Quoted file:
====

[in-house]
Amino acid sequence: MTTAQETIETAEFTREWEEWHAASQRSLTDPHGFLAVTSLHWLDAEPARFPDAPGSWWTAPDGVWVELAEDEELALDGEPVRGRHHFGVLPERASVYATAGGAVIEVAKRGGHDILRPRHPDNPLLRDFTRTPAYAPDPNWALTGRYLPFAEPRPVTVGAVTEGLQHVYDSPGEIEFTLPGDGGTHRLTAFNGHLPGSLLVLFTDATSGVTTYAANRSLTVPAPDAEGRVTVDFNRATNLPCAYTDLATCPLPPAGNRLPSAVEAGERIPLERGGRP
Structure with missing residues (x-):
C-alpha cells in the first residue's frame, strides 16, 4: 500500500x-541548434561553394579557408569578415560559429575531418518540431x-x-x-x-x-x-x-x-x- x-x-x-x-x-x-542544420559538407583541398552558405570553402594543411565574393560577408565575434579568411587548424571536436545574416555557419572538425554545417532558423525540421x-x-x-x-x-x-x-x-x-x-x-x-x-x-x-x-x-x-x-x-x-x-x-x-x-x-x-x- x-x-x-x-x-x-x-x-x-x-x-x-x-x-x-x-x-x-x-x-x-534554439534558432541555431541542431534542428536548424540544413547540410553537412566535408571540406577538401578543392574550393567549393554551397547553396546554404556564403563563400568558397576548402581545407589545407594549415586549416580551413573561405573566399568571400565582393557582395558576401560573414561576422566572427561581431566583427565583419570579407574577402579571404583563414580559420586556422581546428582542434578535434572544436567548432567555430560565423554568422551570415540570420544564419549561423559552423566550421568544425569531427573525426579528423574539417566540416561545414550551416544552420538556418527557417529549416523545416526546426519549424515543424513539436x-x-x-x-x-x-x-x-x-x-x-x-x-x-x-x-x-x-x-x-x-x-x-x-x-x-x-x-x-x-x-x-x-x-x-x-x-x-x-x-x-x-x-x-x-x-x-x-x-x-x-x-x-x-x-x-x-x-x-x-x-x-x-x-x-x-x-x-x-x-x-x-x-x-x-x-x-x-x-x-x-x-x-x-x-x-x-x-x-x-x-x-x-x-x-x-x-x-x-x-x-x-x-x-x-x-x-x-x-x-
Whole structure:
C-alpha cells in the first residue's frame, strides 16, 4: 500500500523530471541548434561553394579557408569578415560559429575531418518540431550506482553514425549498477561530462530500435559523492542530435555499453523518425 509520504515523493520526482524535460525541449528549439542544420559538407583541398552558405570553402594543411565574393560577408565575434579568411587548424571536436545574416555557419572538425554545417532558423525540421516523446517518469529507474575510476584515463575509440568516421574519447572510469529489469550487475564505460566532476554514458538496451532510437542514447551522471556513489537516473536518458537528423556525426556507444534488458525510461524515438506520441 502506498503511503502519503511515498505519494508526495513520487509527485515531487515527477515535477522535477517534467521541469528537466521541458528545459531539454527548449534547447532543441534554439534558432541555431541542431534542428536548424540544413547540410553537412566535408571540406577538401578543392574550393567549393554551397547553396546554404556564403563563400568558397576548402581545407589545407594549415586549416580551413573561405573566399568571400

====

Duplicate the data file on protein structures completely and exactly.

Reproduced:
[in-house]
Amino acid sequence: MTTAQETIETAEFTREWEEWHAASQRSLTDPHGFLAVTSLHWLDAEPARFPDAPGSWWTAPDGVWVELAEDEELALDGEPVRGRHHFGVLPERASVYATAGGAVIEVAKRGGHDILRPRHPDNPLLRDFTRTPAYAPDPNWALTGRYLPFAEPRPVTVGAVTEGLQHVYDSPGEIEFTLPGDGGTHRLTAFNGHLPGSLLVLFTDATSGVTTYAANRSLTVPAPDAEGRVTVDFNRATNLPCAYTDLATCPLPPAGNRLPSAVEAGERIPLERGGRP
Structure with missing residues (x-):
C-alpha cells in the first residue's frame, strides 16, 4: 500500500x-541548434561553394579557408569578415560559429575531418518540431x-x-x-x-x-x-x-x-x- x-x-x-x-x-x-542544420559538407583541398552558405570553402594543411565574393560577408565575434579568411587548424571536436545574416555557419572538425554545417532558423525540421x-x-x-x-x-x-x-x-x-x-x-x-x-x-x-x-x-x-x-x-x-x-x-x-x-x-x-x- x-x-x-x-x-x-x-x-x-x-x-x-x-x-x-x-x-x-x-x-x-534554439534558432541555431541542431534542428536548424540544413547540410553537412566535408571540406577538401578543392574550393567549393554551397547553396546554404556564403563563400568558397576548402581545407589545407594549415586549416580551413573561405573566399568571400565582393557582395558576401560573414561576422566572427561581431566583427565583419570579407574577402579571404583563414580559420586556422581546428582542434578535434572544436567548432567555430560565423554568422551570415540570420544564419549561423559552423566550421568544425569531427573525426579528423574539417566540416561545414550551416544552420538556418527557417529549416523545416526546426519549424515543424513539436x-x-x-x-x-x-x-x-x-x-x-x-x-x-x-x-x-x-x-x-x-x-x-x-x-x-x-x-x-x-x-x-x-x-x-x-x-x-x-x-x-x-x-x-x-x-x-x-x-x-x-x-x-x-x-x-x-x-x-x-x-x-x-x-x-x-x-x-x-x-x-x-x-x-x-x-x-x-x-x-x-x-x-x-x-x-x-x-x-x-x-x-x-x-x-x-x-x-x-x-x-x-x-x-x-x-x-x-x-x-
Whole structure:
C-alpha cells in the first residue's frame, strides 16, 4: 500500500523530471541548434561553394579557408569578415560559429575531418518540431550506482553514425549498477561530462530500435559523492542530435555499453523518425 509520504515523493520526482524535460525541449528549439542544420559538407583541398552558405570553402594543411565574393560577408565575434579568411587548424571536436545574416555557419572538425554545417532558423525540421516523446517518469529507474575510476584515463575509440568516421574519447572510469529489469550487475564505460566532476554514458538496451532510437542514447551522471556513489537516473536518458537528423556525426556507444534488458525510461524515438506520441 502506498503511503502519503511515498505519494508526495513520487509527485515531487515527477515535477522535477517534467521541469528537466521541458528545459531539454527548449534547447532543441534554439534558432541555431541542431534542428536548424540544413547540410553537412566535408571540406577538401578543392574550393567549393554551397547553396546554404556564403563563400568558397576548402581545407589545407594549415586549416580551413573561405573566399568571400